Here’s How We’re Building a Better Mosul

I know it can be hard to look past the destruction wrought by the Islamic State, but together we can build a peaceful, prosperous city.


I am writing from Mosul, where Iraqis are fighting to take back their streets from the so-called Islamic State, or ISIS. There is difficult fighting ahead, but have no doubt, this terrorist group will be defeated and will never return. The fighting ahead will be tougher and deadlier — but a future free from ISIS is within our reach.

As the governor of Nineveh province, of which Mosul is the capital, I have witnessed the tremendous hardship wrought by ISIS. But I am inspired every day by the efforts of Iraqis and our international partners to overcome the challenges we face. In recent weeks, I commemorated the opening of an asphalt factory in the Nineveh Plains that will help repave roads destroyed by ISIS. I also saw firsthand how a water-pumping station that pumps water throughout liberated eastern Mosul has been brought back online. Now, instead of busing in tens of thousands of bottles of water per day, this pump is providing drinkable water to the people of Mosul. Teams of young people and scores of trucks and bulldozers work every day to clear rubble and wipe the stain of ISIS from Nineveh.

Working closely with Baghdad, we struck a deal to allocate 40,000 barrels of oil per day to the Nineveh refinery located outside of Erbil. Kerosene and diesel from that refinery now powers liberated areas in Qayyarah and southern Nineveh. Because of the work to return electricity and services to eastern Mosul, 70 percent of that area’s population has returned.

I know it is hard to look beyond the suffering and rubble created by ISIS’s violence and see a Mosul worth believing in. Thousands have lost their lives in the fighting, and many remain displaced. Some predict only more violence ahead or claim that money invested in Iraq is a waste.

That sort of cynicism is a self-fulfilling prophecy. Iraqis, together with the international community, must fight such pessimism and show that we can work together to build a stronger Iraq that is full of opportunity, open to all ethnic and religious groups, and closed to violent extremists.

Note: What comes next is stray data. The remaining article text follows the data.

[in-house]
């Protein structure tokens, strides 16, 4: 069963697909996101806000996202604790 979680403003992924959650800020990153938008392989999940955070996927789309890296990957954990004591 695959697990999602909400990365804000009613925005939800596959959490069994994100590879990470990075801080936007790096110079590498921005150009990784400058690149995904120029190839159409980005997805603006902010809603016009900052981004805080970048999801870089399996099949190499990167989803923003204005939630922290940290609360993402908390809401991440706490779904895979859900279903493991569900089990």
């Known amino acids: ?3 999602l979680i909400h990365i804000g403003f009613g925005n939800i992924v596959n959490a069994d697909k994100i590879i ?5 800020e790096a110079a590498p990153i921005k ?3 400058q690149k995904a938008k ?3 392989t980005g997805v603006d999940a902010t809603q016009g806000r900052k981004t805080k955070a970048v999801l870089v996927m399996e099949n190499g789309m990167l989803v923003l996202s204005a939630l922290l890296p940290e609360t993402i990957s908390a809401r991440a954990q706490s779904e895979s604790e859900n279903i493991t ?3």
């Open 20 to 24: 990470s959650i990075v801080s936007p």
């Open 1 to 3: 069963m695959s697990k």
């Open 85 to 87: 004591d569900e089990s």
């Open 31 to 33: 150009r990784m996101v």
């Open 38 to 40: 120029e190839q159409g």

There are plenty of optimistic stories available — stories that can create trust in the people of Mosul and instill hope in them — if only we choose to tell them. We should highlight efforts by the Yazidis to recover from genocide and to reintegrate into a new Nineveh. We should support the latest efforts by Arabs and Kurds, Shabaks and Christians, Yazidis, Turkmens and Kakais to remain engaged in Iraq’s multicultural future.

We can only accomplish this project if Iraqis work together with the rest of the world. On behalf of the people of Mosul, I would like to express my appreciation for all who have provided the military might to drive ISIS out of our province and the humanitarian aid to support the almost 300,000 Moslawis who have sought shelter from the conflict in internally displaced person camps. Thanks to your sacrifices, ISIS will soon be defeated in Mosul — and thanks to your expertise and aid, the humanitarian crisis has been lessened.

However, the scars left by ISIS are deep, and the dangers remain real. My office is working with the United Nations to determine humanitarian and stabilization needs and to provide assistance to begin the process of returning life to Mosul. But to move beyond immediate needs and build a stable Mosul, we need continued support.

The first step is for Iraqis to feel restored hope for a brighter future. That’s why, when an area of our city is liberated, we raise the Iraqi flag from the tallest pole — so all can see that ISIS is gone. A feeling of hope in Mosul is what will inspire young Moslawis to disavow terrorism, international companies to invest in the city, and educational institutions and high-tech companies to partner with Kurdish and Iraqi institutions to provide scholarships, internships, and know-how.

There is reason for hope in a post-liberation Mosul, and I am asking the international community to share in this belief and join Iraqis to help cultivate it. Together, our efforts can eliminate ISIS and build a country free from terror.

Nawfal Hammadi is the governor of Iraq's Nineveh province.

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